How do you commemorate a truly impactful person? The Brooklyn Museum is presenting an exhibition highlighting the incredible depth and range of the vision of the man in charge.
Arnold Lehman (above), the retiring director of one of only two encyclopedic museums in New York, leaves behind both a legacy and a changed institution. The changes he’s overseen during his tenure are physical, esthetic and conceptual, far reaching and long lasting. He reshaped the museum completely, from the inside and out. From the outside, his effect can be seen from blocks away. Under his directorship, the stately, but somewhat stodgy, 19th century building was transformed with a sleek contemporary new exterior that better reflects the attitude of the museum.
It’s an attitude that was also rebuilt under Lehman’s tutelage. He’s paid homage to the treasured antiquities that make the museum’s holdings the envy of other institutions, and at the same time joined them to one of the most cutting-edge, contemporary collections in the country, if not the world. Old meets new at the Brooklyn Museum, but always with respect and a keen sense of the place of art in our lives.
“I’m really interested in how art, how public museums can affect people’s lives, bring people together, make people better understand the differences in the cultures, point out those differences, but also point out the relevance from one to another,” Lehman said.
Under his direction, masterpieces of Egyptian art, Monet’s London, Star Wars, and Hip Hop culture were all considered worthy of exhibitions. Decisions like those drew the ire of some critics as being too populist, but brought a whole new audience into the museum and redefined what museums can and should show.
“What if a tree falls in the woods, and no one is there to hear it?” Lehman asked. “It’s wonderful to have museums that have preserved and protected works of great art for centuries, but if no one is there, you start questioning your purpose…Are we serving our purpose without trying to bring as many people as possible to see the great things that are here?”
To that end, the museum, under Lehman, instituted the wildly popular First Friday dance parties that ran for a decade and brought in up to 20,000 revelers, embraced young emerging artists, and become a meeting ground for all of Brooklyn. The result has been a vastly increased attendance by a wide-ranging audience.
“The average age of our visitor,” he pointed out, “is 35 years old. Brooklyn is getting younger, more attractive to everyone. 40 – 45% of our visitors are people of color. Those are statistics that don’t exist in any other museum. I think every museum aspires to them. Our aspirations came true due to our incredibly hard work.”
Lehman’s vision and his tenure has been all about diversity. From the first thing he did when he took the job (walking in the annual West Indian parade) to overseeing the formation of the first and only center for feminist art in the country, The Elizabeth Sackler Center, which permanently displays Judy Chicago’s iconic masterwork, “The Dinner Party,” Lehman has consistently put forward an agenda that is an expression of his spirit—upbeat, welcoming and inclusive.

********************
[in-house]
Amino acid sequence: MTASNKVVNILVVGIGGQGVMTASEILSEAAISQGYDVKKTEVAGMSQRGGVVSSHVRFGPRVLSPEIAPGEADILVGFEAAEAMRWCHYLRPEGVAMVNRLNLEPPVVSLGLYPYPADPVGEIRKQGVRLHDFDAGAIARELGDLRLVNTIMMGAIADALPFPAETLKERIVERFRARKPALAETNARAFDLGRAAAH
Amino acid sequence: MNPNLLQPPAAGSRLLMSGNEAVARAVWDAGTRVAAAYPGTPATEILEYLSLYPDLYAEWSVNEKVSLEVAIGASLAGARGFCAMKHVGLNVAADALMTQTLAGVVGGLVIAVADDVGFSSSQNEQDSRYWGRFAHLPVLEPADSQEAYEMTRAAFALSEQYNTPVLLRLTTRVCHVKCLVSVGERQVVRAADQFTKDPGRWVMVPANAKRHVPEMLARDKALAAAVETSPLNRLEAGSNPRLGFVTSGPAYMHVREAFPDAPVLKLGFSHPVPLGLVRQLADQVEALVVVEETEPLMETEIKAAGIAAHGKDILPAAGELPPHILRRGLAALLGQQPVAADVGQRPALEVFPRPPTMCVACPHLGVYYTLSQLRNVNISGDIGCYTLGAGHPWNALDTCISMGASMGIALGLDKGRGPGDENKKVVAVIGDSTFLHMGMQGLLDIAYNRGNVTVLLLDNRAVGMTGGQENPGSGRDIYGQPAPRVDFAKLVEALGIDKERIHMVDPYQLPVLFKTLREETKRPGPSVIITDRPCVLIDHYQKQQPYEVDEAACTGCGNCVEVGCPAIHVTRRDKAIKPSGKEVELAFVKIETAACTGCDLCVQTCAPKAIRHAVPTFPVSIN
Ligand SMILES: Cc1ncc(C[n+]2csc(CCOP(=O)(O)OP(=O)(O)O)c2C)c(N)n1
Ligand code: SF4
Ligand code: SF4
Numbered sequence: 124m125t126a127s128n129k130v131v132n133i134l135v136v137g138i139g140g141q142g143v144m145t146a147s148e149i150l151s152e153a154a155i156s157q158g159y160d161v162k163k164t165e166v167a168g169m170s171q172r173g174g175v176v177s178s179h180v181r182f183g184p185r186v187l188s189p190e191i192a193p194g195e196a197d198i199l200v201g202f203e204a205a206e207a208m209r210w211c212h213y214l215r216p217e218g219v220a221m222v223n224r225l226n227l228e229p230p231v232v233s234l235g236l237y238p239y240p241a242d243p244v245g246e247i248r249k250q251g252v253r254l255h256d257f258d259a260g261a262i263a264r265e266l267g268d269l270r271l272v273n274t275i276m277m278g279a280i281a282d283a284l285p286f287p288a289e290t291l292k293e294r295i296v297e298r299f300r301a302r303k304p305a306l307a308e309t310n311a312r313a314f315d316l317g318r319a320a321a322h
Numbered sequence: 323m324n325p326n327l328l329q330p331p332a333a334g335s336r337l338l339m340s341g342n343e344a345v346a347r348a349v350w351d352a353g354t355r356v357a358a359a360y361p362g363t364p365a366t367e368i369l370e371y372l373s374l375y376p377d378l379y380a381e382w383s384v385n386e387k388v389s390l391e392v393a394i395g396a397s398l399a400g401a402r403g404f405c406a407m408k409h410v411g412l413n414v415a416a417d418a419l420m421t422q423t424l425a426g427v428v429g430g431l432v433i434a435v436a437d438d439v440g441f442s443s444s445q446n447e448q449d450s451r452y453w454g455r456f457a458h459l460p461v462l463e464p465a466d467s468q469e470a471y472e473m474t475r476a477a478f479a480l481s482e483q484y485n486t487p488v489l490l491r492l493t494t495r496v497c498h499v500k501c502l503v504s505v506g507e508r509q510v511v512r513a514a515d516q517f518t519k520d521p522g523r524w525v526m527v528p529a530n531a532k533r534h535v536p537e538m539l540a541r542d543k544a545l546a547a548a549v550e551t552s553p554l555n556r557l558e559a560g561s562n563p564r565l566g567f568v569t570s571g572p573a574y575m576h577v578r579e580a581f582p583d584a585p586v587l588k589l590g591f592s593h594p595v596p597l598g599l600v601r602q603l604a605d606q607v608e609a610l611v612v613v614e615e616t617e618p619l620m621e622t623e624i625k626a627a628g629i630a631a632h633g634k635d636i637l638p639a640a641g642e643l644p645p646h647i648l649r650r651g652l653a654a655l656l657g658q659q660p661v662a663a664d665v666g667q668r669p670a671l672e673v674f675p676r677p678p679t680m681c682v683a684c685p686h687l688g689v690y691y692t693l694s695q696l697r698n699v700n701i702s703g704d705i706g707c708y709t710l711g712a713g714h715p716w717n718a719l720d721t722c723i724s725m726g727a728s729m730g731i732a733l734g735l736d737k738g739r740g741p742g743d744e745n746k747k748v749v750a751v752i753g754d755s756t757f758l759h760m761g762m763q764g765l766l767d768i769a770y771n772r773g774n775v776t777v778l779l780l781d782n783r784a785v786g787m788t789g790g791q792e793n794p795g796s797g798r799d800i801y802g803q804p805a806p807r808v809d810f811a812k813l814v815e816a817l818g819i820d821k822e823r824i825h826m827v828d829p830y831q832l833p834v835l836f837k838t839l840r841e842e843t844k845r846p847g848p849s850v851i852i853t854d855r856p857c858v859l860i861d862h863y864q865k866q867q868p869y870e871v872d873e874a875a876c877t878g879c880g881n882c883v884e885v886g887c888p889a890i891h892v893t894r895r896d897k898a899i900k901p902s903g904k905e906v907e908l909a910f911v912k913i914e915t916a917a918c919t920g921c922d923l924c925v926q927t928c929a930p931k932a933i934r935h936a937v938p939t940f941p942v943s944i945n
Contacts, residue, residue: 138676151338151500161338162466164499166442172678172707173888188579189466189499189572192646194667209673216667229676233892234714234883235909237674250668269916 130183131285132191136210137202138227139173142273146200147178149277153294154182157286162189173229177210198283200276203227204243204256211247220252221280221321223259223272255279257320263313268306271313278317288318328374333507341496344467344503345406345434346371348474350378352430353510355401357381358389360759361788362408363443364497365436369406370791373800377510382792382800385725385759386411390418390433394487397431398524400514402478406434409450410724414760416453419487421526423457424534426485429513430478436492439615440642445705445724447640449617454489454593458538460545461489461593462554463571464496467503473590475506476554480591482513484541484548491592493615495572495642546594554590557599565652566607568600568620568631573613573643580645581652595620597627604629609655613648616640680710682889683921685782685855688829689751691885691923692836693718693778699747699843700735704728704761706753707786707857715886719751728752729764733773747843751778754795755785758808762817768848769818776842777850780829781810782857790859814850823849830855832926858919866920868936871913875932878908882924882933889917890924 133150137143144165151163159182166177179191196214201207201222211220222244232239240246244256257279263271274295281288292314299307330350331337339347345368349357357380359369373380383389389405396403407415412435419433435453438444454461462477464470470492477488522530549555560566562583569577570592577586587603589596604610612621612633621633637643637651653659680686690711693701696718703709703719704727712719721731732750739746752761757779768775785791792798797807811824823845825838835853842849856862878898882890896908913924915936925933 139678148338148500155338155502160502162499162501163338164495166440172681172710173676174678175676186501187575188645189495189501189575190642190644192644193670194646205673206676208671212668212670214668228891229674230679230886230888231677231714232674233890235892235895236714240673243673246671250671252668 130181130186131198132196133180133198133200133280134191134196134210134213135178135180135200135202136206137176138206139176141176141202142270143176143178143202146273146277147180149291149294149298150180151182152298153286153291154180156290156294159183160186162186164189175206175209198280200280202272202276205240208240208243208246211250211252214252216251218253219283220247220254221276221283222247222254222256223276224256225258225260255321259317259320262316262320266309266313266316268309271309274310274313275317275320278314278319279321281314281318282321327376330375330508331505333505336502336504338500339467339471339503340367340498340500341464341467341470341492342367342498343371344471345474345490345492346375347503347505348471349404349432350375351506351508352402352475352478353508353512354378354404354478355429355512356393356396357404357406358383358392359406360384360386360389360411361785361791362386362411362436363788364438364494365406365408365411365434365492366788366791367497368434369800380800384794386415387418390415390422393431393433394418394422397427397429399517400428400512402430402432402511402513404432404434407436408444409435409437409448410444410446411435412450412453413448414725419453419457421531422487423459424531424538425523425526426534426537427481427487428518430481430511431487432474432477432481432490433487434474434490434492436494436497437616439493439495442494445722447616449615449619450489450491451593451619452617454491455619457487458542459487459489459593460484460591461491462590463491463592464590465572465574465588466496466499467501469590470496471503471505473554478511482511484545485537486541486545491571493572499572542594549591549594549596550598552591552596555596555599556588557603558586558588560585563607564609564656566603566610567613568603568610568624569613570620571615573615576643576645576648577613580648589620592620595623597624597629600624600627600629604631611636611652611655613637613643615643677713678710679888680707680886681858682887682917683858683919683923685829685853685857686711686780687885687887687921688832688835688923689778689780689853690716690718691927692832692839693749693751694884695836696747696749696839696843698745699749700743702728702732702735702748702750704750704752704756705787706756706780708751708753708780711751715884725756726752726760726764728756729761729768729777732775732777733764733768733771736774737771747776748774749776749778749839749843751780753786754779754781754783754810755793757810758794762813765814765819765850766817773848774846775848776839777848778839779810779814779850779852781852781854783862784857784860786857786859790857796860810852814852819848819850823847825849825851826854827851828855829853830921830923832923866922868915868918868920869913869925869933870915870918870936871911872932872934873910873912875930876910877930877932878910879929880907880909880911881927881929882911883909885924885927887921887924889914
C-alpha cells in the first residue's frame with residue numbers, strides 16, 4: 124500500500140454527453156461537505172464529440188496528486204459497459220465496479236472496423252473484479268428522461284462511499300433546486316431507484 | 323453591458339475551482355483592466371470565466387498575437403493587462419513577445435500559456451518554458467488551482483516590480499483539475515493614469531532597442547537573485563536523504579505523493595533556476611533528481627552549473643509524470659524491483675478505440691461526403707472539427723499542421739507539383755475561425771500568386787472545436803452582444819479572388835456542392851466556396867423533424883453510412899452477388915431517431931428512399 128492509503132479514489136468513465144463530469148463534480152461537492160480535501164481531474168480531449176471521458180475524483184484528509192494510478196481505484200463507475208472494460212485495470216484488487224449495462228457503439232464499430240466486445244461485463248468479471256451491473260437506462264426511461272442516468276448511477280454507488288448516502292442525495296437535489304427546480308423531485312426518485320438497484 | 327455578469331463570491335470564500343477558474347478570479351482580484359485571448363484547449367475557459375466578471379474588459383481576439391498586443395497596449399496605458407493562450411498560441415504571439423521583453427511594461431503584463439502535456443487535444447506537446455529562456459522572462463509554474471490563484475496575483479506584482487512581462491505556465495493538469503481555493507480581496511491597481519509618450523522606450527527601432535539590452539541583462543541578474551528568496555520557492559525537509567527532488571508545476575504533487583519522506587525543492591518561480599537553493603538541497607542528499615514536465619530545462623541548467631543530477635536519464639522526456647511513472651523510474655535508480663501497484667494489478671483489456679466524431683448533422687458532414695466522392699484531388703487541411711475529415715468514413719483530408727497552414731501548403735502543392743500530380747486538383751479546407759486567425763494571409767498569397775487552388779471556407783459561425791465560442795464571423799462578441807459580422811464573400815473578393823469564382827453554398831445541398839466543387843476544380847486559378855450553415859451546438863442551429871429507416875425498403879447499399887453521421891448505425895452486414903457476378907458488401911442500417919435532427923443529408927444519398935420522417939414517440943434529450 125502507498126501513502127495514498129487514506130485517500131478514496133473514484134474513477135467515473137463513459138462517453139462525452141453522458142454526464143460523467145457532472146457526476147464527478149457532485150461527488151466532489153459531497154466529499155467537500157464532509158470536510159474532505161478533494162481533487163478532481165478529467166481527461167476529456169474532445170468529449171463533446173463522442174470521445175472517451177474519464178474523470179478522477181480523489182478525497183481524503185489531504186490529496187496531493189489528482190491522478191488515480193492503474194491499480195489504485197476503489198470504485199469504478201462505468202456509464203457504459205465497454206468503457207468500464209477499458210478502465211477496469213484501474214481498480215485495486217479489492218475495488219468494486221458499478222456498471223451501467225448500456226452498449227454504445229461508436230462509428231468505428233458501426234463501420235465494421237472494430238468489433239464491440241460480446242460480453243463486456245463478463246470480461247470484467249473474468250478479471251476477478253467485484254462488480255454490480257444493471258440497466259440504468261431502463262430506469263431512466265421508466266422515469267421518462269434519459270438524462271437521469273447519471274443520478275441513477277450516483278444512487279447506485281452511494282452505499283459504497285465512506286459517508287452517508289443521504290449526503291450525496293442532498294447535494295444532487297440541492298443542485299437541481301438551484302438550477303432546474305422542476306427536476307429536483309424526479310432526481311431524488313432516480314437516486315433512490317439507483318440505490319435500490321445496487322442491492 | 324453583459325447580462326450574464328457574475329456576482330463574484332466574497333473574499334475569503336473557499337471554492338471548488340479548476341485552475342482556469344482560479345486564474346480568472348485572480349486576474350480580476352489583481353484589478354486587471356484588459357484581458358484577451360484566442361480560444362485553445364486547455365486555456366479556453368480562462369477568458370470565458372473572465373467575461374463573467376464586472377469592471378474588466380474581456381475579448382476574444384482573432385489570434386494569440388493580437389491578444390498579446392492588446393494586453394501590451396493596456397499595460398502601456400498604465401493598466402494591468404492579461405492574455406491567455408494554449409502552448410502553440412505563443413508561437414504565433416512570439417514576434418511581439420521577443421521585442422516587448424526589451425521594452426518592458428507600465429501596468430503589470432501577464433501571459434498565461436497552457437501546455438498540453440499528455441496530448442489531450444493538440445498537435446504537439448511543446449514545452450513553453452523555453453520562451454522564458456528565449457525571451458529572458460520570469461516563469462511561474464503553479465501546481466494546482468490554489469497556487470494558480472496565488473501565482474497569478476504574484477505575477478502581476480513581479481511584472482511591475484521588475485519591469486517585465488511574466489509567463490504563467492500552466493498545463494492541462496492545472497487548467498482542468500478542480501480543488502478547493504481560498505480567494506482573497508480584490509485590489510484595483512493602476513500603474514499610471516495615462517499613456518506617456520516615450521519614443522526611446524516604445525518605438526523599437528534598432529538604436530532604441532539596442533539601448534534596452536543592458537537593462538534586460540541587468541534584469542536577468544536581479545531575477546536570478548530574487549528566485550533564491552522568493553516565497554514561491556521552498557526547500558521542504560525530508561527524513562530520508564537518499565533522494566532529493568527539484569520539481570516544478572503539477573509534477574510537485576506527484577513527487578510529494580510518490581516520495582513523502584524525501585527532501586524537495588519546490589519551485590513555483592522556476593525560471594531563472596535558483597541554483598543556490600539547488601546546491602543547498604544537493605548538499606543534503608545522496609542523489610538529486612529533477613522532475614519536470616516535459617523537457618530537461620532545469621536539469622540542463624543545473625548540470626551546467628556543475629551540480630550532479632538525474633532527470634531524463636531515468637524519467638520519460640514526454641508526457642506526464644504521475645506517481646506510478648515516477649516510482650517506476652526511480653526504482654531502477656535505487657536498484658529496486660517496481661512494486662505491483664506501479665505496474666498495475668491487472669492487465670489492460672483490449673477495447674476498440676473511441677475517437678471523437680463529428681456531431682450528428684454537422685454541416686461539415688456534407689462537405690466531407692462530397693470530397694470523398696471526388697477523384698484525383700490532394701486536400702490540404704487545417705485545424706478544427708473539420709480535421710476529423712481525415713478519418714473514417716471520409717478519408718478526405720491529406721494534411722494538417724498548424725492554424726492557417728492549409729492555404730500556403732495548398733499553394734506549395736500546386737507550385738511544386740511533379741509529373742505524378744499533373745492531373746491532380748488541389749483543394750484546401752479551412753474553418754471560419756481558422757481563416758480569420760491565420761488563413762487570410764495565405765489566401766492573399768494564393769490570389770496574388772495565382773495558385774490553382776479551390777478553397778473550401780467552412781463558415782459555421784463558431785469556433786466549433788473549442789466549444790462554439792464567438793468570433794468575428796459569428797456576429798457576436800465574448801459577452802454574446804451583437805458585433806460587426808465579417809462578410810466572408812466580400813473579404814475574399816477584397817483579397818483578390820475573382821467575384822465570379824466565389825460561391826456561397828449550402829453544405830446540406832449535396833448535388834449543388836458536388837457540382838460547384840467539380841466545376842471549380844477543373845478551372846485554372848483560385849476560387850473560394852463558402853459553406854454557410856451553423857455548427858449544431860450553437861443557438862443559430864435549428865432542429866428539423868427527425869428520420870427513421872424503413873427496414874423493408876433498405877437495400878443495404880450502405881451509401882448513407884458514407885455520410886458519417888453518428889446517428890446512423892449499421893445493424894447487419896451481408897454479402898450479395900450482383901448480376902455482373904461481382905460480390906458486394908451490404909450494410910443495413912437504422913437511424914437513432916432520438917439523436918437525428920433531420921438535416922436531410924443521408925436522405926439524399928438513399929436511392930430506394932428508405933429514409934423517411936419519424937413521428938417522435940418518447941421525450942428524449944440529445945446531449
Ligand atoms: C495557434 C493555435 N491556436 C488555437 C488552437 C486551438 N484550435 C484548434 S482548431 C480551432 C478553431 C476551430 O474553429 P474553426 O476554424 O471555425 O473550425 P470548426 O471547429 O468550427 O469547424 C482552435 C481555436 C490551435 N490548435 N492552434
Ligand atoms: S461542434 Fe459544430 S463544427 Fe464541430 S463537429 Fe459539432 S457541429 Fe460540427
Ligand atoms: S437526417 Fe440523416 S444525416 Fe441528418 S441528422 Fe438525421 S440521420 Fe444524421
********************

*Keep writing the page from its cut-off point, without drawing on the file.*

So it makes sense that the exhibition meant to honor his contributions is entitled “Diverse Works, Director’s Choice 1997-2015.” The show contains superb works of art from across time and around the world. A bold portrait by African-American artist Faith Ringgold hangs just below a bold portrait by Pablo Picasso. The pairing says much about Lehman’s vision and how he’s changed the museum. He’s brought in masterpieces and, at the same time, worked hard to champion art by women and artists of color. It may never be a level playing field, but at the Brooklyn Museum, it’s closer than it’s ever been. That the Guerrilla Girls’ The Advantages of Being A Woman Artist hangs on the walls of a major museum is testament to that fact. A delicate Florentine altar panel painted in the mid-14th century and a Seated Buddha Shakyamuni from the 11th century speak to both a global world view and an extremely discerning eye.
The objects presented in Diverse Works are meant to tell stories, Lehman writes in the introduction to the exhibition. But the story they most convey is that of the director’s own legacy, his broad vision and abiding respect for many different voices.
Concurrently, in a nearby section of the museum, an extraordinary exhibition, Basquiat: The Unknown Notebooks is on display. It’s the first major museum exhibition that focuses on the poetic nature of Basquiat’s work—the interplay of text and image. Lehman, a published poet himself, understood the potential of the artist’s notebooks to reveal a depth to the work that hasn’t been seen before. It’s a perfect reminder of the prescience and acumen that Lehman embodies and that can lead a museum to new levels.
“What I’ve done, is to try to follow a path to particularly focus this museum on doing all it could in Brooklyn for Brooklynites…with the understanding that if we really did our job as well as we possibly could, people would come here from all over.” And they do.
The real legacy Arnold Lehman leaves as he departs the Brooklyn Museum is not on the walls of its galleries. It’s in the millions of minds and hearts touched, moved, expanded and altered by experiencing the art Lehman has defended and protected, advanced and advocated for the past 18 years.
Top credit: “Convergence,” from the series: “(not) Pollock,” by Mike Bidlo, 1983
Photos by Adel Gorgy except for the photo of Arnold Lehman
IF YOU GO:
Diverse Works: Director’s Choice, 1997-2015, Through August 2, 2015
Basquiat: The Unknown Notebooks, Through August 2, 2015
The Brooklyn Museum
200 Eastern Parkway
Brooklyn, New York